Using the available sequence data we performed a variation of the Evolutionary Trace method (28), with a JAVA™ implementation of the ET analysis (data not shown). Combined with a specificity site annotation by analogy to characterized homologs, the analysis identified amino acids that were unique in falcipain-2 relative to the known human homologs (Fig. 4). A surface-exposed cluster of residues was identified at the boundaries of the S2, S3 and S4 specificity sites. The S2 site, the main determinant of substrate binding, contained the majority of these unique site positions (three out of six).

Fig. 4
figure4

Unique site analysis of falcipain-2 in the context of human homologs. Cathepsins B, C, H, K, L, L2, O, S, Z and stefin B were the human homologs used in this evolutionary analysis. In green are residues unique in falcipain-2 relative to the human sequences. Other colors correspond to the defined specificity sites as represented in Figure 2. See Methods for definition of the specificity sites and the unique site analysis. This figure was generated with a sequence to structure alignment JAVA™ application (M.P. Joachimiak, in preparation), CHIMERA (18) and MSMS (29).

The unique site identified in the falcipain-2 specificity sites is solvent accessible, spans two well defined binding pockets and exhibits marked sequence differences relative to human papain family protease homologs. Together this evidence suggested that the identified cluster of residues was a promising candidate drug target site for an antimalarial with minimized specificity towards human homologs of the target. The results of this analysis were directly applied to both the in silico and visual screening steps.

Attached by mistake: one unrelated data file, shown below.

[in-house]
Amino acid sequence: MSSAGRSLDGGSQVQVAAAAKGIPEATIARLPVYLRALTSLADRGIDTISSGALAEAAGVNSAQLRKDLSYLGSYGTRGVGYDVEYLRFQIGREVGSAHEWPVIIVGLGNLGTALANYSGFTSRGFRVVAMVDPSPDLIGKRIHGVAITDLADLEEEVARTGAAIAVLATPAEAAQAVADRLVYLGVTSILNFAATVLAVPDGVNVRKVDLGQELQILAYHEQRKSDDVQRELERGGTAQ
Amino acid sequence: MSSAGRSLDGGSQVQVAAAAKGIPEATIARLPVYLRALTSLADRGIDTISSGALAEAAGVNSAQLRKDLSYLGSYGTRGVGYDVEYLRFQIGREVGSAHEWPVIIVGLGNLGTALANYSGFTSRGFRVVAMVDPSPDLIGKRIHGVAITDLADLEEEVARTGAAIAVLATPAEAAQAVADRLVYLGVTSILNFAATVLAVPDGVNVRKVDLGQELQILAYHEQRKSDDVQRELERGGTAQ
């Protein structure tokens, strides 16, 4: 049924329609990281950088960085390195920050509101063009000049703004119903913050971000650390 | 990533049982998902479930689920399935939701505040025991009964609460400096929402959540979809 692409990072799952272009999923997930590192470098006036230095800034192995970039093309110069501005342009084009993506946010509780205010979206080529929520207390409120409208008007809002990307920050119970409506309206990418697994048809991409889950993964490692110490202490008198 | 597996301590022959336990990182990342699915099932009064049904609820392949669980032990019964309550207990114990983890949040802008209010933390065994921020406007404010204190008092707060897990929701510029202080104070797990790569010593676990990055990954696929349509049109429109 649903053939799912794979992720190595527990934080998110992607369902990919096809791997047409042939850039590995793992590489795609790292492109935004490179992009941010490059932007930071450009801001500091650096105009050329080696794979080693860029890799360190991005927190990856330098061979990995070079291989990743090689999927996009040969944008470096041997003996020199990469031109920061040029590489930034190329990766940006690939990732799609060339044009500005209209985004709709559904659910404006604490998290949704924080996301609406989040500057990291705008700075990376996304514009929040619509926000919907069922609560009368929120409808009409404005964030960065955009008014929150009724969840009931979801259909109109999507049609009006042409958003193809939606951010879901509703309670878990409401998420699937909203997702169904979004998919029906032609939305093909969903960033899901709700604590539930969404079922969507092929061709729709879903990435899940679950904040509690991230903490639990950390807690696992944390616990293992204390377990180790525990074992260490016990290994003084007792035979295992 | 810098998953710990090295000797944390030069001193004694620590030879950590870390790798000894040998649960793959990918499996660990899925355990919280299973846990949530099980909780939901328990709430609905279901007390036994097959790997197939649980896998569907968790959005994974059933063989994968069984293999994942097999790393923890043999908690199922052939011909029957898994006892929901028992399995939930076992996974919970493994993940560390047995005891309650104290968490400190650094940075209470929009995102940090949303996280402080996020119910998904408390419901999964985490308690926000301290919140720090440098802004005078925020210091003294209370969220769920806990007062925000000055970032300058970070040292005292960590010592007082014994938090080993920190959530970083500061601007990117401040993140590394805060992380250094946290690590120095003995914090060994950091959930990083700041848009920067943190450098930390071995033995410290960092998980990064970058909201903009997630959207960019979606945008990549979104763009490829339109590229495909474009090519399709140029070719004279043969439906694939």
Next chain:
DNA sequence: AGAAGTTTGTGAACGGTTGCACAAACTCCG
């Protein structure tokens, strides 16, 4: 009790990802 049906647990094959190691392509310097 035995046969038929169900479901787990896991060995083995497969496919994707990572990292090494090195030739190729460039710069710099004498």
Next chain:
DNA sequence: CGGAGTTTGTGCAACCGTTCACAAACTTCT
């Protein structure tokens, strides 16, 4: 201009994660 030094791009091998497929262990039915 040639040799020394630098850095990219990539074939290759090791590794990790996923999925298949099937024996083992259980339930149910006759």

Drug Discovery Results Against Falcipain-2 Compared to Falcipain-1

The original falcipain modeling and drug design effort (6) led to three inhibitors with an IC50 less than 100 µM. The best compound was a naphthylhydrazide, which inhibited the plasmodial protease extract with an IC50 of 6 in an in vitro enzyme assay, and had activity against the parasite in culture at a similar concentration as judged by inhibition of hypoxanthine uptake. Overall 31 compounds were tested in the original DOCK screen (6), resulting in a 3% hit rate at the <10 µM cutoff.

The current modeling and drug design effort has had a considerably higher hit rate in terms of active compounds found with the aid of a computational screen. Of the 44 compounds tested, eight had an IC50 below 10 µM in an in vitro enzyme assay with values ranging from 1 to 7 µM (Table 1). Three of the eight best compounds against falcipain-2 (2,4,7), were also effective in killing parasites with an IC50 of about 20 µM. For these compounds there was complete inhibition of parasite multiplication at 50 µM.

Table 1 Inhibition of falcipain-2 and cultured malaria parasites by compounds identified with a computational screen

Discussion

There are several advantages to pursuing a family of proteins as drug discovery targets, including: 1) compounds related to inhibitors of one family member are likely to be active against other members; 2) the structure of one member provides substantial insights into the structure and function of other members; 3) assay development can proceed in parallel; and 4) experience developed for one target is frequently relevant to the homologous targets. Confounding these advantages, inhibitor specificity can be a significant challenge and the relatedness of the targets means that the inhibitors, especially those that are mechanistic in nature, are likely to have several distinct activities.

In the case of cysteine proteases, not only are there thousands of cysteine protease sequences in the sequence databases, but this ubiquitous sequence family also has tens of well-determined crystal structures complexed with inhibitors. This is a favorable situation for modeling, predicting substrate specificity and forming inhibitor structure-activity relationships.